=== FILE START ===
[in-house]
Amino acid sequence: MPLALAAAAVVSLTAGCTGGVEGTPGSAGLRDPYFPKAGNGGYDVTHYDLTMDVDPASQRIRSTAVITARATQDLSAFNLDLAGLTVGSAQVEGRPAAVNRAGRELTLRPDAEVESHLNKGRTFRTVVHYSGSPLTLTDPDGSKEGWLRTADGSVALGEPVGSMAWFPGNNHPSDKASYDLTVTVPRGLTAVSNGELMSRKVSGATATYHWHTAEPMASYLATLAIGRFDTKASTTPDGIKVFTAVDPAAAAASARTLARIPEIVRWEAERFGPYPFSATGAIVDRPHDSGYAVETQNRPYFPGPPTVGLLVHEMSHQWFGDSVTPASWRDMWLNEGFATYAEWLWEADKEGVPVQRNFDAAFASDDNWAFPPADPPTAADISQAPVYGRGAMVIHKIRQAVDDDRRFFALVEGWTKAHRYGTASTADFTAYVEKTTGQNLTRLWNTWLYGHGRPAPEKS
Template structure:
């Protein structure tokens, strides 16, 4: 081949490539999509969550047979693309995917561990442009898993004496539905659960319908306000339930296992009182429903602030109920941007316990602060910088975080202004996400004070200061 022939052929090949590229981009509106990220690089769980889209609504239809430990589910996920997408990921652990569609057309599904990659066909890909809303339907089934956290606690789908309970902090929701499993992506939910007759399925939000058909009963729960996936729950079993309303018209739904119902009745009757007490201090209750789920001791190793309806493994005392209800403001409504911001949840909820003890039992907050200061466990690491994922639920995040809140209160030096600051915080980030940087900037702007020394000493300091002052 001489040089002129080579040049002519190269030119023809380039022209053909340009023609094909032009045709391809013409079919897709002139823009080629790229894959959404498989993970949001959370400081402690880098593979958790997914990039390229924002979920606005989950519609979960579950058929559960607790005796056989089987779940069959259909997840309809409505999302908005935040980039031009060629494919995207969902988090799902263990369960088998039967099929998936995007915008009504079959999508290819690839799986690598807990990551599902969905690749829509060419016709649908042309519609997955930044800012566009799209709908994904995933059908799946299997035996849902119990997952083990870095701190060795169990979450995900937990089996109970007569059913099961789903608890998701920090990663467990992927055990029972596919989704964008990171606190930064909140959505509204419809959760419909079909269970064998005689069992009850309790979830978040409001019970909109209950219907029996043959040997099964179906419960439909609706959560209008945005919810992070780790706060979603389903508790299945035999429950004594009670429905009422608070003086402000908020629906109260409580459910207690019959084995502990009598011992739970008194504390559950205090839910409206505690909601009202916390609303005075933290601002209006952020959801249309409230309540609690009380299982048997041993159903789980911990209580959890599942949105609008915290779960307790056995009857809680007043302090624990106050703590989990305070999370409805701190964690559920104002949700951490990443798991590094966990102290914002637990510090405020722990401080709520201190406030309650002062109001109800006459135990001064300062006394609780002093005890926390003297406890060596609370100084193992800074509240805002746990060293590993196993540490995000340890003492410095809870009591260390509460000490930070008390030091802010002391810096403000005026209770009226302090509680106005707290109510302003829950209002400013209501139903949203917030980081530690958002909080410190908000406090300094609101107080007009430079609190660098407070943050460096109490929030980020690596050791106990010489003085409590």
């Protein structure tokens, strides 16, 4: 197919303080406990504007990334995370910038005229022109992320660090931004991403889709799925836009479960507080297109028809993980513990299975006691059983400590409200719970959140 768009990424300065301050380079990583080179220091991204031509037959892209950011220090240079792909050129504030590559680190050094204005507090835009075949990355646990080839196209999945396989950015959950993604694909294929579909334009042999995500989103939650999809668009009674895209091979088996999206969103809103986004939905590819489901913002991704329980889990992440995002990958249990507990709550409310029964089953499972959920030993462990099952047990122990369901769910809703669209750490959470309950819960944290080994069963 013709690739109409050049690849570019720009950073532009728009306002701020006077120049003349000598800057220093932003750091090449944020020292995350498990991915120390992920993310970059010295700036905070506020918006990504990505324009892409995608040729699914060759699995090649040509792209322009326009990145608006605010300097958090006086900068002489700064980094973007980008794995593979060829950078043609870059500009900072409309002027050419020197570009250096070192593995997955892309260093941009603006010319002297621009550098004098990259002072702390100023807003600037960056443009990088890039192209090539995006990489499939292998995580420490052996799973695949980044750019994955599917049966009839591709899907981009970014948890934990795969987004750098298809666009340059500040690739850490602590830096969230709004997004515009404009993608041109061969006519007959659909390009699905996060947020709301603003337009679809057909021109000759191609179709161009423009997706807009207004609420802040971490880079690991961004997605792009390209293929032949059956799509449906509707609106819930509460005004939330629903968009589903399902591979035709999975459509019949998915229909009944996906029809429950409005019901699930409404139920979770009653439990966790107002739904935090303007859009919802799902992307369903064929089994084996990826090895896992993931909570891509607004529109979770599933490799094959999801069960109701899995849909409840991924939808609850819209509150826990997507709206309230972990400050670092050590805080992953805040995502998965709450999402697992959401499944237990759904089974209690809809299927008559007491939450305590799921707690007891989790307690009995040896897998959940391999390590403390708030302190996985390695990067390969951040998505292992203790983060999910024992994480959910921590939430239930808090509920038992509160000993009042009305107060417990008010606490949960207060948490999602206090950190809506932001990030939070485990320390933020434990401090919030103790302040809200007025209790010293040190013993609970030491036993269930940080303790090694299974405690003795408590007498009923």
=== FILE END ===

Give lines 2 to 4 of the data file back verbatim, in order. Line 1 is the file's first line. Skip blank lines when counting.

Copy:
Amino acid sequence: MPLALAAAAVVSLTAGCTGGVEGTPGSAGLRDPYFPKAGNGGYDVTHYDLTMDVDPASQRIRSTAVITARATQDLSAFNLDLAGLTVGSAQVEGRPAAVNRAGRELTLRPDAEVESHLNKGRTFRTVVHYSGSPLTLTDPDGSKEGWLRTADGSVALGEPVGSMAWFPGNNHPSDKASYDLTVTVPRGLTAVSNGELMSRKVSGATATYHWHTAEPMASYLATLAIGRFDTKASTTPDGIKVFTAVDPAAAAASARTLARIPEIVRWEAERFGPYPFSATGAIVDRPHDSGYAVETQNRPYFPGPPTVGLLVHEMSHQWFGDSVTPASWRDMWLNEGFATYAEWLWEADKEGVPVQRNFDAAFASDDNWAFPPADPPTAADISQAPVYGRGAMVIHKIRQAVDDDRRFFALVEGWTKAHRYGTASTADFTAYVEKTTGQNLTRLWNTWLYGHGRPAPEKS
Template structure:
């Protein structure tokens, strides 16, 4: 081949490539999509969550047979693309995917561990442009898993004496539905659960319908306000339930296992009182429903602030109920941007316990602060910088975080202004996400004070200061 022939052929090949590229981009509106990220690089769980889209609504239809430990589910996920997408990921652990569609057309599904990659066909890909809303339907089934956290606690789908309970902090929701499993992506939910007759399925939000058909009963729960996936729950079993309303018209739904119902009745009757007490201090209750789920001791190793309806493994005392209800403001409504911001949840909820003890039992907050200061466990690491994922639920995040809140209160030096600051915080980030940087900037702007020394000493300091002052 001489040089002129080579040049002519190269030119023809380039022209053909340009023609094909032009045709391809013409079919897709002139823009080629790229894959959404498989993970949001959370400081402690880098593979958790997914990039390229924002979920606005989950519609979960579950058929559960607790005796056989089987779940069959259909997840309809409505999302908005935040980039031009060629494919995207969902988090799902263990369960088998039967099929998936995007915008009504079959999508290819690839799986690598807990990551599902969905690749829509060419016709649908042309519609997955930044800012566009799209709908994904995933059908799946299997035996849902119990997952083990870095701190060795169990979450995900937990089996109970007569059913099961789903608890998701920090990663467990992927055990029972596919989704964008990171606190930064909140959505509204419809959760419909079909269970064998005689069992009850309790979830978040409001019970909109209950219907029996043959040997099964179906419960439909609706959560209008945005919810992070780790706060979603389903508790299945035999429950004594009670429905009422608070003086402000908020629906109260409580459910207690019959084995502990009598011992739970008194504390559950205090839910409206505690909601009202916390609303005075933290601002209006952020959801249309409230309540609690009380299982048997041993159903789980911990209580959890599942949105609008915290779960307790056995009857809680007043302090624990106050703590989990305070999370409805701190964690559920104002949700951490990443798991590094966990102290914002637990510090405020722990401080709520201190406030309650002062109001109800006459135990001064300062006394609780002093005890926390003297406890060596609370100084193992800074509240805002746990060293590993196993540490995000340890003492410095809870009591260390509460000490930070008390030091802010002391810096403000005026209770009226302090509680106005707290109510302003829950209002400013209501139903949203917030980081530690958002909080410190908000406090300094609101107080007009430079609190660098407070943050460096109490929030980020690596050791106990010489003085409590």